I’m going to assume you do have contracts in your business. So on a cursory level you want to think about do I have all the contracts that I need? And again, you can go to the website to check out some of the resources of the different categories of contracts you might need. If you are a current customer there is probably going to be a lesson inside your product that talks about other potential contracts you need. And so it’ll give you kind of a lay of the land a cursory overview.
But I’m just going to assume we’re going to be talking about a service based contract.
And I like to break this process of reviewing and revising your contracts into three steps.
So the first step is to reflect. The second one is to resolve. And then the final step is to revise. So in the first step of reflecting we want to think about where have we been? Where has our business been over the last year or period of time? And what kind of a business do you – you – not your best friend. Not that girl over on Instagram. But what kind of a business do you want? Do you want to be working with certain types of clients? Do you want to be offering only certain types of services or products? Are you tired of providing certain types of services or products that you just don’t want to do anymore?
So take the time to think of what kind of business you want to run. And then I want you to think about – are there any past experiences you’ve had with clients or maybe ones that you’ve heard from other friends that have happened to them that you want to avoid? Any that you want to see happening more often? So just really take that moment to reflect.
So for example, let’s say you’re just so tired of chasing down payment for work that’s already been delivered. So you do all this work and you send an invoice to a client, you send them the work and then you find yourself constantly having to chase them down to get that final invoice paid. Who wants to be in the business of chasing people down for payment? Not me. I want to actually work on the next project, the next client work. So maybe what you think to do is okay moving forward- I’m not going to be delivering or handing off any final work until I’ve received the final payment. So final payment comes first and only then do I send out the final work.
Now realize I always say that contracts are an evolving process. Every time you have a client experience that’s an opportunity for you to perfect your policies and procedures. And I say perfect in the sense of what’s perfect for you in your business.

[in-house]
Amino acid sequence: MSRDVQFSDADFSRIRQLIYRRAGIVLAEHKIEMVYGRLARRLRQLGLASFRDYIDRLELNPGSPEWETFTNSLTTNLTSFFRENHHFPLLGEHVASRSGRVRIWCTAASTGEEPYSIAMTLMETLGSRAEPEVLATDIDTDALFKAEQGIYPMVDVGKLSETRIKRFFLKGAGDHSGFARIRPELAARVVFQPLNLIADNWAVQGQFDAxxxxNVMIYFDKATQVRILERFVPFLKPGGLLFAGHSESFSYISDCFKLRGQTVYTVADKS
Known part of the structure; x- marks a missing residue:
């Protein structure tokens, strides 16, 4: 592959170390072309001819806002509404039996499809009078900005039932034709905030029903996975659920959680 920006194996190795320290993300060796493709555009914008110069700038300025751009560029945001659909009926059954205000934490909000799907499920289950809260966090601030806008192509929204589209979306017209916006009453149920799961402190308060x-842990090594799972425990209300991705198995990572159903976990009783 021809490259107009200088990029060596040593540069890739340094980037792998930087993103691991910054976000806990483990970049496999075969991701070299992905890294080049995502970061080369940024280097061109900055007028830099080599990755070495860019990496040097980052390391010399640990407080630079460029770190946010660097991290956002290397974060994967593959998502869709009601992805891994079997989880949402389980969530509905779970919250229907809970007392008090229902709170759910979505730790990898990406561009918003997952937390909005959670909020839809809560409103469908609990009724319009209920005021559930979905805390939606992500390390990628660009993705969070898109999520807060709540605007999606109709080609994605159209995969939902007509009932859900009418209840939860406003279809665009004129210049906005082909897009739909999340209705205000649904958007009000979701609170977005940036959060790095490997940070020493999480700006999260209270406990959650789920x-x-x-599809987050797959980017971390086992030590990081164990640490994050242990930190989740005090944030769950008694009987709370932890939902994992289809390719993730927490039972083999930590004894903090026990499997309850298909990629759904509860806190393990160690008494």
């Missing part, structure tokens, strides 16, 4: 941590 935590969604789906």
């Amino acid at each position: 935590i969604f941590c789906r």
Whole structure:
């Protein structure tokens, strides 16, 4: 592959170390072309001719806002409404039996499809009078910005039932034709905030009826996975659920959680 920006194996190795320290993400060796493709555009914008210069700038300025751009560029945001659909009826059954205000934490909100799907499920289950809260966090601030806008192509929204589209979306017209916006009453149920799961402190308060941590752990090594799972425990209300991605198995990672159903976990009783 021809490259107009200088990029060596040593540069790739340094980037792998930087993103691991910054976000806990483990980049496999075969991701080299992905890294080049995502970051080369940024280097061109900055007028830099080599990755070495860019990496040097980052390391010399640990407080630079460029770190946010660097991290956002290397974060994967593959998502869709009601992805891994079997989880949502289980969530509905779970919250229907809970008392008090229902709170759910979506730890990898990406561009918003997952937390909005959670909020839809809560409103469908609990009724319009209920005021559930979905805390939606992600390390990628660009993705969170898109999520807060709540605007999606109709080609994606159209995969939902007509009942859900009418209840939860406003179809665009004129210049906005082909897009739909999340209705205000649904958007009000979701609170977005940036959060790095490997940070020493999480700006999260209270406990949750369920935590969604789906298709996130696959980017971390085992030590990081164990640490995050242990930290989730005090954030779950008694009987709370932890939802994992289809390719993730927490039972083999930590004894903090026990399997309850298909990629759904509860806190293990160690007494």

Once we’ve reflected we’re going to move on to step two, which is resolving. Taking all of that information, all those experiences, we’re going to come up with some potentially new policies and procedures.
Using that example from before, maybe the new policy is going to be – I get paid up front before I start anything any work or maybe you get paid half of it up front and half of it before you deliver the work to the client. You can figure that out for yourself. It’s going to be a obviously very personal decision and unique to your business.
Then finally we are going to revise. This is the moment of truth. This is where we’re going to take any changes that you have decided to make and we’re going to address them in your contracts. If making these revisions to your contract feels very intimidating, it feels overwhelming and you don’t much rather spend your time doing other things in your business. Then this is the time that you might want to reach out to a lawyer to have them make these revisions for you. Or to even review the contract for you and to spend that time kind of working through these questions and these issues together.
So that’s the stuff with contracts. One, you want to make sure you have all of the contracts you need and then take a look at the contracts you do have and make sure that they really reflect where you are currently in your business and then account for any potential issues or pitfalls that you’ve come across in the past.
So this just talked about our service agreements, but if you have any vendor contracts or independent contractor contracts, you want to take a look at those as well. Any type of contract that you have in your business, I think it behooves you to take a close look at them at a minimum year-over-year to make sure that they reflect your current business.
The next category is people and hiring. Now it’s going to come to a certain point where you’re going to hire somebody in your business. And if you don’t have any plans to hire anybody, then you can skip this step. But most of us will, whether they are contractors, whether they’re employees, whether they’re interns or some other categorization of worker. You want to ask yourself have there been any changes in the law that I need to be aware of?